Le Road Trip by Vivian Swift

“Hasten slowly . . . See as much of life as possible, but take time to notice it, too.”
— Vivian Swift, Le Road Trip

Inside pages from Le Road Trip

Another two-page spread from Le Road Trip

I love everything about Vivian Swift‘s new book, Le Road Trip.  It’s a book about her honeymoon trip to France, and while I wouldn’t mind following Swift’s itinerary (she makes all those villages and encounters with French people so beguiling), it is much more than a travel guide.  Swift describes her book as an “art of travel” kind of book, and it is full of her observations about the pleasures and pains of traveling with a companion and philosophical musings about “slow” travel.  I’ve always wanted to be the kind of person who makes watercolor sketches in a travel journal, and Le Road Trip is full of exquisite paintings that depict exactly the kinds of travel vignettes that I delight me.

Here are a few samples of Swift’s expert observations:

  • Anticipation is half the fun of traveling.
  • Accept the inevitable bumps in the road with equanimity.  She says, “Every road trip needs a low point” and suggests that  when the going gets tough, “Each morning look at yourself in the mirror and say, “You’re no bargain either.'”
  • “There are no wrong trains.”
  • “It’s not a crime to want to sit in a cafe and not take a walking tour of all those historic monuments in your peripheral vision.”
  • “Beware of quaintitude” (all those “quaint” spots that every tourist goes to see).
  • “There’s always a cat, just when you need one.”

Or consider her advice for finding a good restaurant on a road trip (and haven’t we all been there):

  • Start looking early.
  • Check the menu for signs of age — it should be freshly hand-lettered daily, which indicates that the chef is shopping around for in-season specials.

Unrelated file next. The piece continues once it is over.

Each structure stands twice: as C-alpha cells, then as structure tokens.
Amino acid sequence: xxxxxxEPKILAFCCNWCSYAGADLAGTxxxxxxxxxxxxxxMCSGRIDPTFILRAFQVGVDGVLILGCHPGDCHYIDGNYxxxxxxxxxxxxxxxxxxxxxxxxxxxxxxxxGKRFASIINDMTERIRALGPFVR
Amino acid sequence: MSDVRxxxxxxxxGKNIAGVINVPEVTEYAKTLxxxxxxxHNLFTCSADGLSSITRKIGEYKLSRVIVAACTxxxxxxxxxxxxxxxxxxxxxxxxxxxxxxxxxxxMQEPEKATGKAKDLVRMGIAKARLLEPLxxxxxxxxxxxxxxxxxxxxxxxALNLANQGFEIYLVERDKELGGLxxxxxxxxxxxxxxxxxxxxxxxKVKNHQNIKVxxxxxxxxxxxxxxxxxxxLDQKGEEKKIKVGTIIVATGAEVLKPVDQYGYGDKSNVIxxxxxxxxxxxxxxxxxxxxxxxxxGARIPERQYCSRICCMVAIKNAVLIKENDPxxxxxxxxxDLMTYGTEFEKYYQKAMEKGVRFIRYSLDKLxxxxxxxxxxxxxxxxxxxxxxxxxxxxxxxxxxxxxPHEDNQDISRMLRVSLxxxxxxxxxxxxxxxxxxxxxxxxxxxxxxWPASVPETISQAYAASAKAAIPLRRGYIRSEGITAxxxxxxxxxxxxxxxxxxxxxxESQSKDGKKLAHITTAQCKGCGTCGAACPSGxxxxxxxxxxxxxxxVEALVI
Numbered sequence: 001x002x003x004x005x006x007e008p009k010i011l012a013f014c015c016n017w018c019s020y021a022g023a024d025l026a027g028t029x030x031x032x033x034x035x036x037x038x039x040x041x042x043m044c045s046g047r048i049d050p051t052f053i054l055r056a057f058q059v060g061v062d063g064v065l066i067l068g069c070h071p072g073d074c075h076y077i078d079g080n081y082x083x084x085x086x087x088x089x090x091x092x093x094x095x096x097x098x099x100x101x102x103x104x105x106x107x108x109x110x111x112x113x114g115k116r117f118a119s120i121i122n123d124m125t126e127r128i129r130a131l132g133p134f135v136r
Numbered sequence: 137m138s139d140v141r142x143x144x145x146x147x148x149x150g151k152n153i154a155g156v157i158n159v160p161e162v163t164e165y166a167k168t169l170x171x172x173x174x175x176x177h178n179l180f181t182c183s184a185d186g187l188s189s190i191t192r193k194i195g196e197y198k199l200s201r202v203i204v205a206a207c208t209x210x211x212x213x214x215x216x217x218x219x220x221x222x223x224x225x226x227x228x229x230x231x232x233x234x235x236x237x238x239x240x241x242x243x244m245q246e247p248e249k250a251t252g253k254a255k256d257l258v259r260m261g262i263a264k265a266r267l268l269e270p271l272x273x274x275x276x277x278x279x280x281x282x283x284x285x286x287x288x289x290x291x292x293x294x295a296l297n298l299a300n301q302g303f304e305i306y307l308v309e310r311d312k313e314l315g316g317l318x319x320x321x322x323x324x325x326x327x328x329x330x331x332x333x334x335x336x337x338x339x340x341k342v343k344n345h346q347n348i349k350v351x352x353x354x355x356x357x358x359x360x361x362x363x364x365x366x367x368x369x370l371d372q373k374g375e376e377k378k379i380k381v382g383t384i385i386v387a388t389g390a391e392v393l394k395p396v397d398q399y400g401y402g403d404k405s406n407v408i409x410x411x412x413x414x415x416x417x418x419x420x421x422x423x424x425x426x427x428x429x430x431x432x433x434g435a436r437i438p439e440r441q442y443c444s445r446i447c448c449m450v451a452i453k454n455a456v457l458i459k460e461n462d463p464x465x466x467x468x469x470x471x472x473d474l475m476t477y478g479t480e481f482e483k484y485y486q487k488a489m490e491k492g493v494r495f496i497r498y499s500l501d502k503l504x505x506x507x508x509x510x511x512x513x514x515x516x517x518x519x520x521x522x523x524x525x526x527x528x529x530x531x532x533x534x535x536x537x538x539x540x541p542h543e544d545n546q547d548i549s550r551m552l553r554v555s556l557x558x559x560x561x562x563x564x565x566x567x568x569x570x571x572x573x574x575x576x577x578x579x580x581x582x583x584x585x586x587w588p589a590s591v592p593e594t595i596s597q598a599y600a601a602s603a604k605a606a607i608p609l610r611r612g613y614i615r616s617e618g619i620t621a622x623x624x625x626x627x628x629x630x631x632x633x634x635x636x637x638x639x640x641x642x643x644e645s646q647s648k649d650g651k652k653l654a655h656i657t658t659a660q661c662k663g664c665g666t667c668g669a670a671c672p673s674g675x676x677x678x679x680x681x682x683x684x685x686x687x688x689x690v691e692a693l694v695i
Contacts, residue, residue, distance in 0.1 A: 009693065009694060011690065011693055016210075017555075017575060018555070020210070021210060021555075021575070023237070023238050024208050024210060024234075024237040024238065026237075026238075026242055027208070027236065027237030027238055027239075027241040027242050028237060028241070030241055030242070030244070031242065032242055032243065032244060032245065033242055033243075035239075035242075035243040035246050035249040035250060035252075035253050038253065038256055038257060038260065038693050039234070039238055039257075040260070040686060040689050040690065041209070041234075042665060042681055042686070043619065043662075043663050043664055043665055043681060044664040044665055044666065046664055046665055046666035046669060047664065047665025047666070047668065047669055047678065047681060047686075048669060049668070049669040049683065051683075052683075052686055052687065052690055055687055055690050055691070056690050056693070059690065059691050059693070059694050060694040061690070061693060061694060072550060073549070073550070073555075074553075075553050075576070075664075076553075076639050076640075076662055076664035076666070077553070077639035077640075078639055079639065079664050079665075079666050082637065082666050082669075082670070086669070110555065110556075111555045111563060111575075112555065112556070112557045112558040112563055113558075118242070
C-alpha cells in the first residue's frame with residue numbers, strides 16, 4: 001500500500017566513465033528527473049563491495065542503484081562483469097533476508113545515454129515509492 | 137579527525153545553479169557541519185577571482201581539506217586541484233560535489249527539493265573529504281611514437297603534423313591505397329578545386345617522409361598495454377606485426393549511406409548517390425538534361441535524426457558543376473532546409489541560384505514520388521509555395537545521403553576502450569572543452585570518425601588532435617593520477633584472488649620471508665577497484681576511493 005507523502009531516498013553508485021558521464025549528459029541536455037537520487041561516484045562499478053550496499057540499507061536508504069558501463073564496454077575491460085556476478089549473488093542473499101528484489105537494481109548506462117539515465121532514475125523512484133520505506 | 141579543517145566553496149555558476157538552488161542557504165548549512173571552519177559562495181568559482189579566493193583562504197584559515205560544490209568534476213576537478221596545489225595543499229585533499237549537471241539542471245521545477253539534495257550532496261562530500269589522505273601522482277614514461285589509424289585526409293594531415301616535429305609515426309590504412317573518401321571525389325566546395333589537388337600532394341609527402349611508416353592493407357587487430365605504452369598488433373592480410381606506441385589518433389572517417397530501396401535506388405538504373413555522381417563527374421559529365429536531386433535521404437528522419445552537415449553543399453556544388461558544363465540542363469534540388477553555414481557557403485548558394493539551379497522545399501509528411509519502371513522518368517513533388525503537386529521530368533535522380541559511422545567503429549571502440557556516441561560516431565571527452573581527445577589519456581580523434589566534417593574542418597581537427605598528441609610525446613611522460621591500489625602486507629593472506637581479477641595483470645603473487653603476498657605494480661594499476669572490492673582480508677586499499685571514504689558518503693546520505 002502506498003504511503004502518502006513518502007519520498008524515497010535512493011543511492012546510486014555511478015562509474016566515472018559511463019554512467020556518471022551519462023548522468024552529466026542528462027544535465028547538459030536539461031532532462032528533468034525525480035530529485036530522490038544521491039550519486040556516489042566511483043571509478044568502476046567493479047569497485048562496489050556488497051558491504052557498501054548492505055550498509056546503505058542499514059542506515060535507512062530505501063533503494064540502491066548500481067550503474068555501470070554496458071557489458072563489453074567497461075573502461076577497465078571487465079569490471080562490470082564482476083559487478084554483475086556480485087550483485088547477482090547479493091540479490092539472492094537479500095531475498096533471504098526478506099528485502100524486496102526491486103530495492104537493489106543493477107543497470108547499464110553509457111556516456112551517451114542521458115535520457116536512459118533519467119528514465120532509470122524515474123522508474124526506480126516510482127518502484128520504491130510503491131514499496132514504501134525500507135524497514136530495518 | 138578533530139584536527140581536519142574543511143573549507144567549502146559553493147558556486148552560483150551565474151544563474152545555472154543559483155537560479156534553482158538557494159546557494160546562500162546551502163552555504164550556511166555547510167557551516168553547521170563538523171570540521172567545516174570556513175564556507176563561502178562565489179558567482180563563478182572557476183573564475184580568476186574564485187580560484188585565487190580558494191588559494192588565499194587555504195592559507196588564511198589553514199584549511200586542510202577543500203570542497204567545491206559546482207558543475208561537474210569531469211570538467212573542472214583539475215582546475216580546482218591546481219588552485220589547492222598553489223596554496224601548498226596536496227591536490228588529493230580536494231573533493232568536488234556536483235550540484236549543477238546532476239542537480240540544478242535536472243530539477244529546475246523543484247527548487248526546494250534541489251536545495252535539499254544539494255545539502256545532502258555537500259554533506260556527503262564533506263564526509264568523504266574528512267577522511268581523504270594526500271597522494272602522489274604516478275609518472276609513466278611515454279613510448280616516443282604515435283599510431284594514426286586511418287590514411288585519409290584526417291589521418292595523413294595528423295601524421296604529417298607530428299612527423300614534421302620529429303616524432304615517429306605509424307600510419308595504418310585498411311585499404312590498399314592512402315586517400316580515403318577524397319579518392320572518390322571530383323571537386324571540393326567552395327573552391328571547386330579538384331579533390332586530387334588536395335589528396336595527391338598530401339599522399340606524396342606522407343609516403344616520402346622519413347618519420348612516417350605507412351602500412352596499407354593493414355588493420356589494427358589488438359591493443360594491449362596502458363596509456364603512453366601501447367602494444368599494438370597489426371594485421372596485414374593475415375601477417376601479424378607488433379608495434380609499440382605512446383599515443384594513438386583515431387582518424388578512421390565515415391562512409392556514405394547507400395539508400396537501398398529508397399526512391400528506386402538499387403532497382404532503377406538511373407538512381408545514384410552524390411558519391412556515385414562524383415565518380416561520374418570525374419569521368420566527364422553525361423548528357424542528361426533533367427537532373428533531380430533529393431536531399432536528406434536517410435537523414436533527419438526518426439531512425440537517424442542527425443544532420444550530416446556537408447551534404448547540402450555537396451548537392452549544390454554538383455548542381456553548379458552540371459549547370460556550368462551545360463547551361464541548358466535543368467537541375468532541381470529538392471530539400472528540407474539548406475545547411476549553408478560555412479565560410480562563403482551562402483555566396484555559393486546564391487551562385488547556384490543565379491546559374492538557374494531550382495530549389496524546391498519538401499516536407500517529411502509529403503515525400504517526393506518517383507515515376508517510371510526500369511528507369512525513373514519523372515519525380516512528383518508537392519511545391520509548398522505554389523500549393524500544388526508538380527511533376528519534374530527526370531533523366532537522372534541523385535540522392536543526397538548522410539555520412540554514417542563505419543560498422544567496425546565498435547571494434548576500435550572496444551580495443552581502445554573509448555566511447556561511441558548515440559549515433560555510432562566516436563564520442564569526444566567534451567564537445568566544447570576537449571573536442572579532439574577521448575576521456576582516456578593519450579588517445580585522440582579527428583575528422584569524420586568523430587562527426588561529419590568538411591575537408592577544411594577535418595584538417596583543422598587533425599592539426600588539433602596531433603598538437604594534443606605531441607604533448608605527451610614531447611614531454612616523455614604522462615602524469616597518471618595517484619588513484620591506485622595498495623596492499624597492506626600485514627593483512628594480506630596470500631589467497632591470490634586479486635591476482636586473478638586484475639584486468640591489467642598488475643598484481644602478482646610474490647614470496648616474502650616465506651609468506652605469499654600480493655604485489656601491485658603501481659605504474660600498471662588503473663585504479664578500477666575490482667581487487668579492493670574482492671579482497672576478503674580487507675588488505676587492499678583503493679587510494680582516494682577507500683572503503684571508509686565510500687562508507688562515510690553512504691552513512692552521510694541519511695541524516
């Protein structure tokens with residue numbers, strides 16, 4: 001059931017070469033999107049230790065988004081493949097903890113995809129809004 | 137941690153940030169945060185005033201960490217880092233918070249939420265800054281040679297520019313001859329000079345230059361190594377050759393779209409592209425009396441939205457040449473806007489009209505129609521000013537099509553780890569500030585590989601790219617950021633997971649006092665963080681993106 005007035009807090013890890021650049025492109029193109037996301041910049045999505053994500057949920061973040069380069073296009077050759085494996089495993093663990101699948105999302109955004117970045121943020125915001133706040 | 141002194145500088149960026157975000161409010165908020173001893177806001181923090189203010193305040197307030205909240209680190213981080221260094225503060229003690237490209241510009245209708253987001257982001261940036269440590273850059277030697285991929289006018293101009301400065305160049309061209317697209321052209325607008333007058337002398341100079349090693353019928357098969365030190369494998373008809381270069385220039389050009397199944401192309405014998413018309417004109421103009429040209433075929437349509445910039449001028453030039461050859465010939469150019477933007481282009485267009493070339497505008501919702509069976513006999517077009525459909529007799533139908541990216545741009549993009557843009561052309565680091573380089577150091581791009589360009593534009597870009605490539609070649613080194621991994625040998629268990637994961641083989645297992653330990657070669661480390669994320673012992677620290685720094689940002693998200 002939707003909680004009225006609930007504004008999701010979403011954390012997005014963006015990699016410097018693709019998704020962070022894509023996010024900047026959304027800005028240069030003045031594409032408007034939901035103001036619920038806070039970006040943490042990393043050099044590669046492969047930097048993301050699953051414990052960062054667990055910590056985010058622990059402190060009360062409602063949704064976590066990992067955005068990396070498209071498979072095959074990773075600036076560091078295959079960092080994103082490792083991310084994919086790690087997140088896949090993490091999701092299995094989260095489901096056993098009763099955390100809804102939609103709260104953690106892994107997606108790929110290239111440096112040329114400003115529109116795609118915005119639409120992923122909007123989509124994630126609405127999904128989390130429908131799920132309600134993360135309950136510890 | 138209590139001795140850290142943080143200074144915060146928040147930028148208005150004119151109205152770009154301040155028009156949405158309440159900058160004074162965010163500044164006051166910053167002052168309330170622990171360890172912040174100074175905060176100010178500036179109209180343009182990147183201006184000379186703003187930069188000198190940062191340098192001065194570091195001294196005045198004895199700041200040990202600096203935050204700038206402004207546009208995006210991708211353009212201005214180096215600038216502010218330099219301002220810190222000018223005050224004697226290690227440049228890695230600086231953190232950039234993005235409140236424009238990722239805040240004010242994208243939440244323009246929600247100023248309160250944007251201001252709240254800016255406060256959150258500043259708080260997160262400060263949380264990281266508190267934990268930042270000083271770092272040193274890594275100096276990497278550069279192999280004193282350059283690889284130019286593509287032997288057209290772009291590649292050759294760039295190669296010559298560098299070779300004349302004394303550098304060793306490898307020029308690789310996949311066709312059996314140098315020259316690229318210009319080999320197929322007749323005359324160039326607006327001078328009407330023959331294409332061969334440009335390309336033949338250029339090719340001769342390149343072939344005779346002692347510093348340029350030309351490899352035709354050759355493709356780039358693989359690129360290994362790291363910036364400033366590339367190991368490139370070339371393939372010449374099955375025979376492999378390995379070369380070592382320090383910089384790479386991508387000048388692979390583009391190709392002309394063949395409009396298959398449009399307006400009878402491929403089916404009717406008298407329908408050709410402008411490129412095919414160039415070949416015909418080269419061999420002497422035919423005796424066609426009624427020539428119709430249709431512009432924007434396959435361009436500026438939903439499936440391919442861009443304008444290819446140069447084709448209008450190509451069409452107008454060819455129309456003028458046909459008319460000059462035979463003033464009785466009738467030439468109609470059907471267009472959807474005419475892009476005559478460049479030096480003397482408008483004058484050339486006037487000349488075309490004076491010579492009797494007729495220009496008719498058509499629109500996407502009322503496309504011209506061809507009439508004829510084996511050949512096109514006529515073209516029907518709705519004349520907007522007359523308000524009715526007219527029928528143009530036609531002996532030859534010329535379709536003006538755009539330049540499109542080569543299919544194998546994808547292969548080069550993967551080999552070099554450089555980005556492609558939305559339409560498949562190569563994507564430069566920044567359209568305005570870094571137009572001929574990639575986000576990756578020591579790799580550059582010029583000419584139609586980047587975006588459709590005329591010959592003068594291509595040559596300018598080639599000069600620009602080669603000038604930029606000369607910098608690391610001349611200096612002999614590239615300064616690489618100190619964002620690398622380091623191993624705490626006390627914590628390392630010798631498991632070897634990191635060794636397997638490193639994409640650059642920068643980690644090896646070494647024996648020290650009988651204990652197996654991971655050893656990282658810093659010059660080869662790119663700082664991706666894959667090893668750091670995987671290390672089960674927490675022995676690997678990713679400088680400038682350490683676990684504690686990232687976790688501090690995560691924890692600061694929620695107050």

• Check the parking lot for local license plates — “If the restaurant is good enough to the locals, it’s good enough for us.”
  • Look for the resident cat.

How can you not love an author who plans to found an Institute of Slow Information in her next life:  “My embroidery studio on the main street of Bayeux will be just one part of my Institute of Slow Information.  I will also teach letter writing, listening, miniature portrait painting, and the art of doing one thing at a time.”

I’ll leave you with just one more passage from the book, a defense of travel by middle-agers:  “You cannot possibly know how much time it takes to learn to treasure this world, how many years it takes to properly cherish your place in it.  As you age, you will find it more and more remarkable, a miracle really, that any of us — you, me — are here at all, the result of an undeserved, infinite gift.  And the older you get, the more you know how much you will miss all this when you are gone.  In the end, the world was not all that changed by your coming, you were not all that crucial to it.  But the world, this world, which you will one day travel in homage and gratitude, this world was everything to you.”